Friday 22 March 2013

CEO Kevin McArthur says suggestions of possible Tahoe Resources complicity in murder of Guatemalan indigenous leader “a complete fabrication”

Approximate location of proposed mine site
In response to a query from La politica, Ira M. Gostin, Vice President Investor Relations for the Canadian silver mining company Tahoe Resources Inc., as well as CEO Kevin McArthur, have rejected any suggestion that the company or its subsidiary, Minera San Rafael (MSR), were involved in the murder earlier this week of the indigenous activist Exaltación Marcos Ucelo.

“Tahoe Resources along with its Guatemala operating company Minera San Rafael (MSR) emphatically reject and condemn criminal activities in our surrounding communities and in Guatemala at-large,” Mr. Gostin told La politica in an email.

“Tahoe and MSR are responsibly developing the Escobal project, and recent false accusations that the companies may have been involved in threats or violent actions are unfortunate. A recent kidnapping event occurred in a locale 15 km by road from our project site, in Jalapa state, with one fatality reported in the press.”

La politica is unaware of any news outlets, organizations, or individuals who have made accusations of a direct link between Tahoe Resources and/or MSR and the murder. However, La politica did ask Tahoe Resources if it was concerned about possible legal liability, and whether the company believed that the murder may have been related to its Escobal project.

At the time of his murder, Marcos Ucelo was returning home along with three colleagues after observing a community consultation process with regard to the development of the mine in the town of El Volcancito, near the proposed site and the larger town of San Rafael Las Flores.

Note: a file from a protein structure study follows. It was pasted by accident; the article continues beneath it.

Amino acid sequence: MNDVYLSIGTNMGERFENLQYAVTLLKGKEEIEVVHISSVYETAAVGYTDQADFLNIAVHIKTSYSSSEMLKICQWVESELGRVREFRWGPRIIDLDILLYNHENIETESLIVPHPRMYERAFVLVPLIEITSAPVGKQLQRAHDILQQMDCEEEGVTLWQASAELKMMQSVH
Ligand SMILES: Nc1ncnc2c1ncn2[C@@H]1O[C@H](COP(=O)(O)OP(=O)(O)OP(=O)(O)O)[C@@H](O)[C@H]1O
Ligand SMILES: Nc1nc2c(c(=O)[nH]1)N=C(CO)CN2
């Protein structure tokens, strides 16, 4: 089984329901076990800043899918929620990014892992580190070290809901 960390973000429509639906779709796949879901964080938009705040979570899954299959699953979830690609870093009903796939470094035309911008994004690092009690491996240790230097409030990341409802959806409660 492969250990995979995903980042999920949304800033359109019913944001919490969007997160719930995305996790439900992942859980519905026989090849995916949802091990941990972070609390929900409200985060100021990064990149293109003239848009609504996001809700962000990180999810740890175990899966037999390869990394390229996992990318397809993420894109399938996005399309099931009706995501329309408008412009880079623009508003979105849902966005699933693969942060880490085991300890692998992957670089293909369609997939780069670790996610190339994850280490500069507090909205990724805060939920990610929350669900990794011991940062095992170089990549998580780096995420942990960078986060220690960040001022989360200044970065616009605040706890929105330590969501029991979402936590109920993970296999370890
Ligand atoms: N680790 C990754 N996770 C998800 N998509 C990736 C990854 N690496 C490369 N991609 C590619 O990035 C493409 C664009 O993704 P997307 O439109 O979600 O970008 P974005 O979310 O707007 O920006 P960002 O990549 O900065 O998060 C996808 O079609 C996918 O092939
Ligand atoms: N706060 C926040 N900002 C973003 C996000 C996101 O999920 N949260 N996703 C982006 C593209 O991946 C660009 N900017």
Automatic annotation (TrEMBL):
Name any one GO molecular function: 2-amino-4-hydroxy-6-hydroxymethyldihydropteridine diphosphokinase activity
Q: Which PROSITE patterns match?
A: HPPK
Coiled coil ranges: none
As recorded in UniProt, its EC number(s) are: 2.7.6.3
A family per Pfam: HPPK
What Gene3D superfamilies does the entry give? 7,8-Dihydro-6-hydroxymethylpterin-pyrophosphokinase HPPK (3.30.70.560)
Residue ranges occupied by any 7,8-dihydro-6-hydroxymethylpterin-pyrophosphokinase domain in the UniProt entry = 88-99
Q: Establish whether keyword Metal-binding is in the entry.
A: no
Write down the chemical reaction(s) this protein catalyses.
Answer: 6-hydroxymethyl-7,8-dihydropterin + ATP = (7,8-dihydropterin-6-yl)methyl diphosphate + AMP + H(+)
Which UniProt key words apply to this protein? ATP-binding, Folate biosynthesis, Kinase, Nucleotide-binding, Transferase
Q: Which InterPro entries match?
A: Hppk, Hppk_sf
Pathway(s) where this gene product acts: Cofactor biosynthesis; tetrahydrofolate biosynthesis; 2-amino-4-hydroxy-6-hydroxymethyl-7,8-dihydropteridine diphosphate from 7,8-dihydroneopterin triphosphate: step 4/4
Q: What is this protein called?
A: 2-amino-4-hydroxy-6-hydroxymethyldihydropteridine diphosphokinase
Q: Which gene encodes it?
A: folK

According to umbrella NGO Congcoop, 99.2% of the community rejected the proposed mine during that consultation. The community consultation, regulated by the Guatemalan Municipal Code, is the third in a series of 26 planned in the area. However, the mayor of the larger community of San Rafael Las Flores has so far rejected the possibility of a referendum at the municipal level.

No one has been detained in connection with the murder and kidnapping of the three colleagues, all of whom are now free. There is also no clear motive. The four men were active in the Xinca indigenous community, but were present only as observers of the community consultation process.

According to Tahoe President and CEO Kevin McArthur, “The insinuation that our employees or contractors were somehow involved in the very unfortunate death of Marcos Ucelo is a complete fabrication.  We urge the authorities to fully investigate these criminal activities as well as the past attacks that have been made against our project.”

The company is still waiting on final permitting for the Escobal project, but has been investing in infrastructure and has made public statements suggesting it is confident production will begin in 2014.

Guatemala has one of the highest crime rates in the world, with the United States Bureau of consular Affairs stating that “violent crime is a serious concern due to endemic poverty, an abundance of weapons, a legacy of societal violence, and weak law enforcement and judicial systems.”

(TE Wilson is the author of Mezcalero, a Detective Sánchez novel.)

For a recent detailed report from La politica, see:

For another Canadian mining story, this time in Mexico, see:

And for a recent Guatemala story, see:

Twitter: @TimothyEWilson
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1 comment:

  1. The evidence seems pretty clear that these are murders not an "Unfortunate Deaths".

    But hey, let the Nortes spin away.